Set deadlines. Estimating your work can be challenging, still, you need to see whether a story fits the sprint. What’s more, if it doesn’t, check if it can fit the next sprint or should be done later, probably, in the timeframes of an epic or several epics.
Except for this guide, consider additional best practices, for example, 3C’s method.
Writing User Stories With 3C’s
A user story has a general three-stage structure:
Card. Understanding the needs of customers. Write each requirement on a separate story card. This will help you focus on one thing at a time. Index cards are great for laying out the parts of the process on a table and moving them to see the entire picture. Shuffle priorities, move cards, optimize your workflow!
Conversation. Discussing the process of implementing plans into practice, the details of the project. This will help you identify and fill any gaps. — Introduce a user story to the team. — Seek clarification from team members with different roles. Get all the information you need. — Discuss further acceptance criteria. — Estimate deadlines together with the team. — Negotiate about the work done with stakeholders. This part is over only when an end user tests your user story.
Confirmation. Testing that shows whether the story really works and its objective is met. Check whether a user is satisfied with the results. — Perform user acceptance tests. — Show your story results to the Product Owner and stakeholders. — Demonstrate the feature to real users and seek their feedback after deployment.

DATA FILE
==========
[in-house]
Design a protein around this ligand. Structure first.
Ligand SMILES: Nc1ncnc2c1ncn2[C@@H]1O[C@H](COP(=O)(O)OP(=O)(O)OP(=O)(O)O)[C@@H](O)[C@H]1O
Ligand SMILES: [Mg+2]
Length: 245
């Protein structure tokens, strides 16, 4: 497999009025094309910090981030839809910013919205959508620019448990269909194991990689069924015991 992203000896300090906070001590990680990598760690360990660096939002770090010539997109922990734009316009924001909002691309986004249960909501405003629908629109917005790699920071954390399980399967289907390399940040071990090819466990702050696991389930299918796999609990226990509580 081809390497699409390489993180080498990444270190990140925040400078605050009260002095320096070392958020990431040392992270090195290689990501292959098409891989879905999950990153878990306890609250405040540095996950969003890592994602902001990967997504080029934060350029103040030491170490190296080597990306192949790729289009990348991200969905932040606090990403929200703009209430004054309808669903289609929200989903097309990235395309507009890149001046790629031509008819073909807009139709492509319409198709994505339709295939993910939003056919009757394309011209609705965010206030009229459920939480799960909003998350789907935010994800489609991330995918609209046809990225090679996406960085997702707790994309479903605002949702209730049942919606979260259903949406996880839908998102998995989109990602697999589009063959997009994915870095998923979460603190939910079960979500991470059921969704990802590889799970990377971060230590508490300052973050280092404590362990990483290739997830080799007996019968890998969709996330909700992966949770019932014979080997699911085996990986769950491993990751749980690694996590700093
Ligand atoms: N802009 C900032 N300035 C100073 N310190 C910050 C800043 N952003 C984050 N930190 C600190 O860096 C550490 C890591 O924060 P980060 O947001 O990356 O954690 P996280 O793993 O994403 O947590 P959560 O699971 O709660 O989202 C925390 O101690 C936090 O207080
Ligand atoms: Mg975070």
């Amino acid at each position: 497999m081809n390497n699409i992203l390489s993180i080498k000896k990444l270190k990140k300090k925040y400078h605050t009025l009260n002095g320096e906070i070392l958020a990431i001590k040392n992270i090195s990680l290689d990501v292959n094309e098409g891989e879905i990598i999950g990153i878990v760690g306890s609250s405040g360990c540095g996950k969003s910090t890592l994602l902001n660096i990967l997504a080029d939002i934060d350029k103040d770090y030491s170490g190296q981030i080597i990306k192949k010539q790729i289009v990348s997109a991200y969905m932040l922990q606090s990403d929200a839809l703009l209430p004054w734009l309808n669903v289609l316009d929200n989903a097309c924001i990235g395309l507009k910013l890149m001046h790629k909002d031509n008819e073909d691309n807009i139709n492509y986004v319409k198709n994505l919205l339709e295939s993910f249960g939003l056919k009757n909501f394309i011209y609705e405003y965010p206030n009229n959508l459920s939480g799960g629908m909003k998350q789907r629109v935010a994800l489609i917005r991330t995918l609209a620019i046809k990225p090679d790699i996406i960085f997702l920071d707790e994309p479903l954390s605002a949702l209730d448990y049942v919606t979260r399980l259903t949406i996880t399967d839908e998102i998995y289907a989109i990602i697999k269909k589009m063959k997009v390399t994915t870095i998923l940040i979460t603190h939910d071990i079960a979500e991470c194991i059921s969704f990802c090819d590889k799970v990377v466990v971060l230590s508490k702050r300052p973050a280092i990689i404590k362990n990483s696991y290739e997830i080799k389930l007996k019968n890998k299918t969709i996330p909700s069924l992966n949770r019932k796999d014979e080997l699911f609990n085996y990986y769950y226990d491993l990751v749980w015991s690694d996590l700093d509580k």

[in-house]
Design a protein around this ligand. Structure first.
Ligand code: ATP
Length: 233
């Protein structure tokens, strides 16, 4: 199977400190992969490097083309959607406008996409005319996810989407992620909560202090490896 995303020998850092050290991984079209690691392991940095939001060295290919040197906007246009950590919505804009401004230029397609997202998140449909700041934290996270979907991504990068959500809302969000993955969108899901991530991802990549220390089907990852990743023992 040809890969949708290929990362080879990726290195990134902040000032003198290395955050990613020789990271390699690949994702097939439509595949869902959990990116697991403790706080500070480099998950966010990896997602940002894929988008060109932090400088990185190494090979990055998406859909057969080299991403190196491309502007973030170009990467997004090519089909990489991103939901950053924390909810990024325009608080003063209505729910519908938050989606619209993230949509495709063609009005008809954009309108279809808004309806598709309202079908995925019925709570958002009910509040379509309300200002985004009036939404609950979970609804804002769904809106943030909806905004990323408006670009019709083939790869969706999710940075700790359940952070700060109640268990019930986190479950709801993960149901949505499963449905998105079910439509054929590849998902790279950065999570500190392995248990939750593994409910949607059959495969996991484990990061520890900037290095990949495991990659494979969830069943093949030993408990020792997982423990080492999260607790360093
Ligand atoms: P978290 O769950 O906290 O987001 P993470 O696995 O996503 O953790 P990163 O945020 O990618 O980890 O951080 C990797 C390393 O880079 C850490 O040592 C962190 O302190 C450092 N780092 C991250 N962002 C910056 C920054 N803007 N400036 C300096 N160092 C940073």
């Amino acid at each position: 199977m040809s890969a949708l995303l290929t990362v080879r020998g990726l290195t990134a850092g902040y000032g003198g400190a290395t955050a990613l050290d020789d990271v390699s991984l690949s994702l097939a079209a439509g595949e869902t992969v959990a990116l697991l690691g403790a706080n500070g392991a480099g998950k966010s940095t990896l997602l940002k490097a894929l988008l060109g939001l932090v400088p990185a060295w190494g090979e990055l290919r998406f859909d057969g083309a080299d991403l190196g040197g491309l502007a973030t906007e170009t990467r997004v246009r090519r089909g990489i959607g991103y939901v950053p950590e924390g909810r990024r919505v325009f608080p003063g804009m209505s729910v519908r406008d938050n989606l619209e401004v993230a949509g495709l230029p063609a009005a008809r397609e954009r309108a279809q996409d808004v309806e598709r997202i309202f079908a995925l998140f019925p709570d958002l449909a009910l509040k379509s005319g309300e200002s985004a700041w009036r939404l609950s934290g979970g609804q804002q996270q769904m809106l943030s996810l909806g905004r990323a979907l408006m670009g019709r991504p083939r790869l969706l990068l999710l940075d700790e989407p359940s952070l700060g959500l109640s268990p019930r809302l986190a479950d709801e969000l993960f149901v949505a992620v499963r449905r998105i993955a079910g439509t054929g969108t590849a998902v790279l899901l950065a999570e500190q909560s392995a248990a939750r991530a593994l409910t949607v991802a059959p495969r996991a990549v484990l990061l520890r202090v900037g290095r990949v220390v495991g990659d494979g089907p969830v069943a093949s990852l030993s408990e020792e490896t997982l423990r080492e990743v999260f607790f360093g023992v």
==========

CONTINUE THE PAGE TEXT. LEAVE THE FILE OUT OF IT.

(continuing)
User Story Template
Here we’ll talk about the formula mentioned at the beginning of this article.
As a (user persona), I want to (perform an action), so that (I get some benefits).
Let’s break this formula down by parts:
Persona. This should be a detailed image of a user, not just his job role or demographic characteristics. You should analyze your common type of users to see who they are, how they behave, how they think. A Persona is a more empathic image than just a set of technical patterns. You can even name your persona to make the image more congruent. Here are the examples of Personas done in the Flowmapp app: — Editor’s persona — UX designer’s persona — Software engineer’s persona
Action. Describe a persona’s intent. Understand what they are going to achieve by using your feature. So, this point means even more than just the features they use. Long story short, add a goal to the process.
Benefits. This is the most important part for users. If there’s no benefit, no one will pay for the feature. Your user has problems and they want to solve it. How does your feature help them?
User Stories Examples
Let’s try using the formula from the above paragraph:
As Alice (a project manager), I want to organize my files, so that I have more control over the project.
As Tim (a copywriter), I want to use a tracking feature, so that I see who edits my texts and which changes they make.
As Alex (a manager), I want to see the progress made by the team, so that I report our success to the CEO.
It’s simple! Describe your user, their desires and benefits from using your feature. Use our examples to make yours!
Organizing User Stories With Story Map
When you have dozens of upcoming user stories, map them! This will give you a chance to prioritize features, organize tasks, plan sprints. Mapping user stories will show you a large part of the customer journey and let you notice gaps in it.
Here is an example of a helpful story map:
Actually, story mapping is not a short process. Still, it’s the backbone of your release. So, be ready to invest more time and effort than in planning sprints. Perceive creating a story map as a general planning session with a detailed overview of projects, iterations, or pivot points.